A “Real Time” PCR Assay to Detect Transplanted Human Liver Cells in RAG-1-/- Mice

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Xenotransplantation of human liver cells is an expanding field in need of new and precise quantitative techniques. “Real time” PCR is a sensitive and accurate method of quantifying picogram quantities of DNA. We used “real time” PCR with primers complementary to the human α-1-antitrypsin gene to assess the efficiency of engraftment of human liver cells transplanted into immunotolerant RAG-1-/- mice. Standard curves were created by mixing known proportions of human and mouse cells. There was a linear relationship between the PCR cycle at which DNA was amplified [threshold cycle (CT)] and the percent human cells (linear regression, p < 0.00009). Results were reliable, with a maximum 1.27-fold variation in the slopes of repeated standard curves. Linearity was maintained from 100% to as low as 0.01%. Therefore, 1 in 10,000 mouse cells could be detected in a 100 ng DNA sample. We measured the percent engraftment of human liver cells transplanted into the spleen of RAG-1-/- mice. By “real time” PCR assay, 0.23% human cells could be detected at 1 day after human cell transplantation. These results show that “real time” PCR assay is highly sensitive, reproducible, and accurate for detecting human cells in xenotransplanted mice.

Keywords: Key words: Hepatocyte transplantation; Xenotransplantation; “Real; time” RCR; Human liver cells; RAG-1-/- mice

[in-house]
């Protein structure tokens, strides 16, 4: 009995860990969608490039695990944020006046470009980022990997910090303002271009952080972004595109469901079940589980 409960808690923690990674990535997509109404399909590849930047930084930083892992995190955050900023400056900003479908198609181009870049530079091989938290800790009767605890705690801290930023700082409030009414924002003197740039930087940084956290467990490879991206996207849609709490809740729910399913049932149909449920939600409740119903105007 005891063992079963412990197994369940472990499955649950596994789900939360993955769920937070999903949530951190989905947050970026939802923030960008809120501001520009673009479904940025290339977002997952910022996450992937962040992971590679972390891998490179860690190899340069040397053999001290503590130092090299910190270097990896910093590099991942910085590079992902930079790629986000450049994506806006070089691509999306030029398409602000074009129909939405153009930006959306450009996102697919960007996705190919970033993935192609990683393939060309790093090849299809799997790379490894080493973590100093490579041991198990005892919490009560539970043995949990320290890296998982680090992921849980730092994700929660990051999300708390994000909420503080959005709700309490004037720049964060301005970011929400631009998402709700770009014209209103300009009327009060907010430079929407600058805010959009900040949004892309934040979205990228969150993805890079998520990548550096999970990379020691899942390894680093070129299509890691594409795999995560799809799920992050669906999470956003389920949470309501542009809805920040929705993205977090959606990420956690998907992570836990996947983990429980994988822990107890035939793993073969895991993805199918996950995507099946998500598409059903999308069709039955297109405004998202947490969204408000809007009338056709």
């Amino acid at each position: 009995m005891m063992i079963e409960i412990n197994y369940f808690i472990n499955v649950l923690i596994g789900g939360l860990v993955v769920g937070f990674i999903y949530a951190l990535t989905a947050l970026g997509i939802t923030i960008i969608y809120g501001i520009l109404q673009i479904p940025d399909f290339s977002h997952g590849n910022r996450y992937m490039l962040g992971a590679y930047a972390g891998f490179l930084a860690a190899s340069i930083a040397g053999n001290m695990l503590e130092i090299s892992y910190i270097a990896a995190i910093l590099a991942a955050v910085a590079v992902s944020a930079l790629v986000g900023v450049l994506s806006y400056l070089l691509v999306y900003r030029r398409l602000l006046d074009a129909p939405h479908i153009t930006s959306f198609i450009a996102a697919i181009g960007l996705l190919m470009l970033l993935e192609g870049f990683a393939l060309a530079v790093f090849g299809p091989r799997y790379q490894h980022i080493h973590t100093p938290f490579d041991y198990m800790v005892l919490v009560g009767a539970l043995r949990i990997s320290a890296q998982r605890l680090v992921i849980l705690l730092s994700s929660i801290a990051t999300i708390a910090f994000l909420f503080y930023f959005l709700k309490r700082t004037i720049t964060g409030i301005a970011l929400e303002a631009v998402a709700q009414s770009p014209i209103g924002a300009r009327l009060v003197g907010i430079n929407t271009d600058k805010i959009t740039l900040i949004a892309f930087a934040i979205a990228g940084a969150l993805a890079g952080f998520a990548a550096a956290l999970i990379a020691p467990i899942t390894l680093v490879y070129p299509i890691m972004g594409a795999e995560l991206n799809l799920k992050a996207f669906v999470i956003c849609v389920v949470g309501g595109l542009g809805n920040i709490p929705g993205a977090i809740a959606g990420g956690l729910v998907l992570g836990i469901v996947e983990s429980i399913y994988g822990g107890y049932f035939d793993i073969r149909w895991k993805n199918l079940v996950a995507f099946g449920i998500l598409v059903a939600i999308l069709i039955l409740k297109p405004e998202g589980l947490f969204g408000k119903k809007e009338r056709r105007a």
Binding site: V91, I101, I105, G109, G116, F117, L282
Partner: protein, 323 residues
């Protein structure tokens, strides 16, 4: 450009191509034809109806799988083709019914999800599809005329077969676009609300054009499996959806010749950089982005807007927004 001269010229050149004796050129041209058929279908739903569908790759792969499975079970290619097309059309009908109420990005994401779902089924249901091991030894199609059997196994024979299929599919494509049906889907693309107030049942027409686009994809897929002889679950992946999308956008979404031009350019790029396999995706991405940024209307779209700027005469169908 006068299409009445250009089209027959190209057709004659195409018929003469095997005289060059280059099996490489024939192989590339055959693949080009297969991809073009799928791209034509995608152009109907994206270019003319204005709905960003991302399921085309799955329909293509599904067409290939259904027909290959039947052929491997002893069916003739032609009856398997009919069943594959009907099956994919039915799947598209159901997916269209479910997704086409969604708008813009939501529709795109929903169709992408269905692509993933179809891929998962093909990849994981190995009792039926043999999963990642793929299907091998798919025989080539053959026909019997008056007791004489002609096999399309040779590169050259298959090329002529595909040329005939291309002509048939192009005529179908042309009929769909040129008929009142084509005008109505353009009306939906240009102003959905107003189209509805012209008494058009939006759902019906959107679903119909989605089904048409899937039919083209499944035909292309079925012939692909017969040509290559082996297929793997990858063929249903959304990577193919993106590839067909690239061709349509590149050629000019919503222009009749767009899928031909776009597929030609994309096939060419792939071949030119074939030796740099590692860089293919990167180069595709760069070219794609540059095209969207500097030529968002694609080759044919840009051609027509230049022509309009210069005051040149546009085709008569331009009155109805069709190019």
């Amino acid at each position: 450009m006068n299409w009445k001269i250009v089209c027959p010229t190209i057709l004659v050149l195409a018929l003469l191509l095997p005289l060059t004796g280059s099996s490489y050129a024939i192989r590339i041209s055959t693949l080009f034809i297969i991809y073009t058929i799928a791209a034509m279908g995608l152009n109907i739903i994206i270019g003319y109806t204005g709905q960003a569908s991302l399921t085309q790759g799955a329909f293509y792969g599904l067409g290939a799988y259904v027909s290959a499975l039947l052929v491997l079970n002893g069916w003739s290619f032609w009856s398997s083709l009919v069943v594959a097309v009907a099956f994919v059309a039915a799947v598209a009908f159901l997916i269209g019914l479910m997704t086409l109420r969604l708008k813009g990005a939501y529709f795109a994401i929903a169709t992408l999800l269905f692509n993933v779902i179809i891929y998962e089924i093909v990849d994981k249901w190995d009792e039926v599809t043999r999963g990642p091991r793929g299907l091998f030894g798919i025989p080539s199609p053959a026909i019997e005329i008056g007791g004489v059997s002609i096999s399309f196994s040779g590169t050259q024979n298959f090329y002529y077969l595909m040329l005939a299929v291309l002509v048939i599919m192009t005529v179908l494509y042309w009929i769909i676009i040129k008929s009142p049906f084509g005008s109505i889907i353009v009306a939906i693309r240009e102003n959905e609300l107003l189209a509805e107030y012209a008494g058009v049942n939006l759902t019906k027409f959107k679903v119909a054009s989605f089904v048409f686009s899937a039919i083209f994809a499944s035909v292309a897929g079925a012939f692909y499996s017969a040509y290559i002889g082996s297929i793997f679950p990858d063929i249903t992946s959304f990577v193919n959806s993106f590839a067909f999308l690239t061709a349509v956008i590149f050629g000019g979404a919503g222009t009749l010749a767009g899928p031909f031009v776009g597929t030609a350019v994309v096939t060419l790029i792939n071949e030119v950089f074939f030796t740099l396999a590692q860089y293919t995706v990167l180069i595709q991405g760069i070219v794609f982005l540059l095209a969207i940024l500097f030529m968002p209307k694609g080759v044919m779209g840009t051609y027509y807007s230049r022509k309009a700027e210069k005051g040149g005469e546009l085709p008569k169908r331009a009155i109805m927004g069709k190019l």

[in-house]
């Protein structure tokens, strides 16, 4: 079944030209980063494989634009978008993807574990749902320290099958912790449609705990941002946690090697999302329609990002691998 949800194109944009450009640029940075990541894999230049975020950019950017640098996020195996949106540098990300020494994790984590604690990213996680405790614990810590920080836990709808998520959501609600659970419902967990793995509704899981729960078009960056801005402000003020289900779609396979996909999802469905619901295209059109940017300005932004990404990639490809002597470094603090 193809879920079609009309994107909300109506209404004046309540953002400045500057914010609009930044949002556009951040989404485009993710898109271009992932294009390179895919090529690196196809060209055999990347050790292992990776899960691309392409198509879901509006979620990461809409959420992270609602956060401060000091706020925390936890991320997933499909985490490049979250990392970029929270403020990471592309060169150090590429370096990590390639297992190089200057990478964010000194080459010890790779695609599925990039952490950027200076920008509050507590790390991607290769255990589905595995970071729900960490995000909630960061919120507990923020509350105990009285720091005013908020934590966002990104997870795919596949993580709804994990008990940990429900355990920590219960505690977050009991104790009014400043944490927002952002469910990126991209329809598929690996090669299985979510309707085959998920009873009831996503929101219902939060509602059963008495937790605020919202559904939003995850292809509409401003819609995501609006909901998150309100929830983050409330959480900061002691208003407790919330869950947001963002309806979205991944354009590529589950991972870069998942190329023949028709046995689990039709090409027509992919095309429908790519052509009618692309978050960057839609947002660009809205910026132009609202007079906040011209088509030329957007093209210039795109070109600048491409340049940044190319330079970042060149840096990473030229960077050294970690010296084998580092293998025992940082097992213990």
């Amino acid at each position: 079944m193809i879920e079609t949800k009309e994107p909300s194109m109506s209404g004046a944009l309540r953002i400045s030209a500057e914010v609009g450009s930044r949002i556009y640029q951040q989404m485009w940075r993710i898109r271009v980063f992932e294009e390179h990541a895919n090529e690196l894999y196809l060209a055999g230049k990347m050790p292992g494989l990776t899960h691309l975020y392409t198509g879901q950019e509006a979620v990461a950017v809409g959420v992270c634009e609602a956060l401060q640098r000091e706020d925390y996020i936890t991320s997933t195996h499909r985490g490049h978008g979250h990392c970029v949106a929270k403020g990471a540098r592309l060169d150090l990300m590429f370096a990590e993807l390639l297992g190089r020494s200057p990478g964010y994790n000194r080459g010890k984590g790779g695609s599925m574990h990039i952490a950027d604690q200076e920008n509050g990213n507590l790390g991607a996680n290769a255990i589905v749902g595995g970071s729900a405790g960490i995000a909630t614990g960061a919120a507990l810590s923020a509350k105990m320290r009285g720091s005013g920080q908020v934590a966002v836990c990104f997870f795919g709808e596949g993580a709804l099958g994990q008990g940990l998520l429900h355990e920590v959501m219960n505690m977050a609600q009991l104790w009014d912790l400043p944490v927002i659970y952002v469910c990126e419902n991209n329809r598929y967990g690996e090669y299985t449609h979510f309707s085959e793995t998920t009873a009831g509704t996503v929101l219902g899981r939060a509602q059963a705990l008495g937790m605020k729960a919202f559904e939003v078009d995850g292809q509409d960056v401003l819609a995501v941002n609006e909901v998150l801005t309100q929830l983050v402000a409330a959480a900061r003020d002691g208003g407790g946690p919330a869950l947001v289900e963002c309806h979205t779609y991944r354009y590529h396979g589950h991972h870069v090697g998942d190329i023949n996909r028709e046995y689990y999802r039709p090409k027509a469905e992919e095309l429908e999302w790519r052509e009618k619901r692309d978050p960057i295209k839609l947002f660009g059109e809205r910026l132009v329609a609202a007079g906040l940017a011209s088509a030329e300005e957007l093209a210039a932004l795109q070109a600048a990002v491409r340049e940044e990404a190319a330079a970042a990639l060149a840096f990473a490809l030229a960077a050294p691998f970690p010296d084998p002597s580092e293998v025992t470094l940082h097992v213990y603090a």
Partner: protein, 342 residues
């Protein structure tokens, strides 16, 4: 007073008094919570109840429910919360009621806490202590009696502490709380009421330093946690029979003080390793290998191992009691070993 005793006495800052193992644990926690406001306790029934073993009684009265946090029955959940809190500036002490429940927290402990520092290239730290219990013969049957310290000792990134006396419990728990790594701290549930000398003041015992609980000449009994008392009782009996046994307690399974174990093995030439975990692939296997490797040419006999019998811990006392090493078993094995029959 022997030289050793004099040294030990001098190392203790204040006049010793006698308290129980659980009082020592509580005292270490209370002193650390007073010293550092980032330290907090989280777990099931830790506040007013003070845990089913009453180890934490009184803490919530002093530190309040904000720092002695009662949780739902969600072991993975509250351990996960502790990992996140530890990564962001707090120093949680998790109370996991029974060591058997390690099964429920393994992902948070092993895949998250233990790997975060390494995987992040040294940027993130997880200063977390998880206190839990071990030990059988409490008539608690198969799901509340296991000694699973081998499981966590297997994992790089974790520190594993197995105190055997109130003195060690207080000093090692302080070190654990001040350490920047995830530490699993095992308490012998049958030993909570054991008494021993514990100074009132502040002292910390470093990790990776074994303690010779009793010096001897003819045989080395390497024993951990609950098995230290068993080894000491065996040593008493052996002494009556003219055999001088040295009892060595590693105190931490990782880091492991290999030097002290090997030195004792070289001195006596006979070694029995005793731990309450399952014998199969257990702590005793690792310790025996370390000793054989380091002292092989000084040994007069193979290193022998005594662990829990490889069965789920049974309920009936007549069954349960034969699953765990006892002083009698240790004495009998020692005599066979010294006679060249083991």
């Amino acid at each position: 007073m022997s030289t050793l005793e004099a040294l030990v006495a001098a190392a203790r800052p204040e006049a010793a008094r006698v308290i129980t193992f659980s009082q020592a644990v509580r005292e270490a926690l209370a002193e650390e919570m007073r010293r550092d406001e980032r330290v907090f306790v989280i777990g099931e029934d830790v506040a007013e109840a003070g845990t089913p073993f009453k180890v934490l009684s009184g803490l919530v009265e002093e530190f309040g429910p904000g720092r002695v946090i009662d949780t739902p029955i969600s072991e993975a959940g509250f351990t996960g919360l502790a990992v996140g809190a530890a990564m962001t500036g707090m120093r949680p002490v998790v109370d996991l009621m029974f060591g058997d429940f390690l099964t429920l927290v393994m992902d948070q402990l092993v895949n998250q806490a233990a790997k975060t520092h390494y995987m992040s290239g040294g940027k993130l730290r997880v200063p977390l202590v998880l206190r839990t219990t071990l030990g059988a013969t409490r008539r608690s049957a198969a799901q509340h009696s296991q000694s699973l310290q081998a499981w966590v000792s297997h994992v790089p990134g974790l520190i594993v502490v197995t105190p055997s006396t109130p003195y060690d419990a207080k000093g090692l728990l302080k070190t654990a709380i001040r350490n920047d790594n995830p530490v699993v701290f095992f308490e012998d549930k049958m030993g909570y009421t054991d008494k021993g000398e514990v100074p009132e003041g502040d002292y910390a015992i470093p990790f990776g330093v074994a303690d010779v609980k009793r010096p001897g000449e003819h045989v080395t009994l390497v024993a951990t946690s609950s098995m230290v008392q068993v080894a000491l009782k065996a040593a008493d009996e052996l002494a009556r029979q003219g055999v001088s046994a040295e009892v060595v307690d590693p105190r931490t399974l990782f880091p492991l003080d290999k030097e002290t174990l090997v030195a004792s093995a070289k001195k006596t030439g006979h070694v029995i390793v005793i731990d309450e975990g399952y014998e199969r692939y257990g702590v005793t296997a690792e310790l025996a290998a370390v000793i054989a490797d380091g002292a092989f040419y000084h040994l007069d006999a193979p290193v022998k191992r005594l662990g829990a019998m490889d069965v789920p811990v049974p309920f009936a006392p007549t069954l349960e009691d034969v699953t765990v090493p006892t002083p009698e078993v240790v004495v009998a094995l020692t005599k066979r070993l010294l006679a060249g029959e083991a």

Document Type: Research Article

DOI: http://dx.doi.org/10.3727/000000001783986990

Affiliations: 1: *University of Chicago, Department of Pediatrics, University of Chicago Children's Hospital, Chicago, IL 60637 2: †Northwestern University, Department of Pediatrics, Children's Memorial Hospital, Chicago, IL 60614

Publication date: February 1, 2001

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  • Cell Transplantation publishes original, peer-reviewed research and review articles on the subject of cell transplantation and its application to human diseases. To ensure high-quality contributions from all areas of transplantation, separate section editors and editorial boards have been established. Articles deal with a wide range of topics including physiological, medical, preclinical, tissue engineering, and device-oriented aspects of transplantation of nervous system, endocrine, growth factor-secreting, bone marrow, epithelial, endothelial, and genetically engineered cells, among others. Basic clinical studies and immunological research papers are also featured. To provide complete coverage of this revolutionary field, Cell Transplantation will report on relevant technological advances, and ethical and regulatory considerations of cell transplants. Cell Transplantation is now an Open Access journal starting with volume 18 in 2009, and therefore there will be an inexpensive publication charge, which is dependent on the number of pages, in addition to the charge for color figures. This will allow work to be disseminated to a wider audience and also entitle the corresponding author to a free PDF, as well as prepublication of an unedited version of the manuscript.
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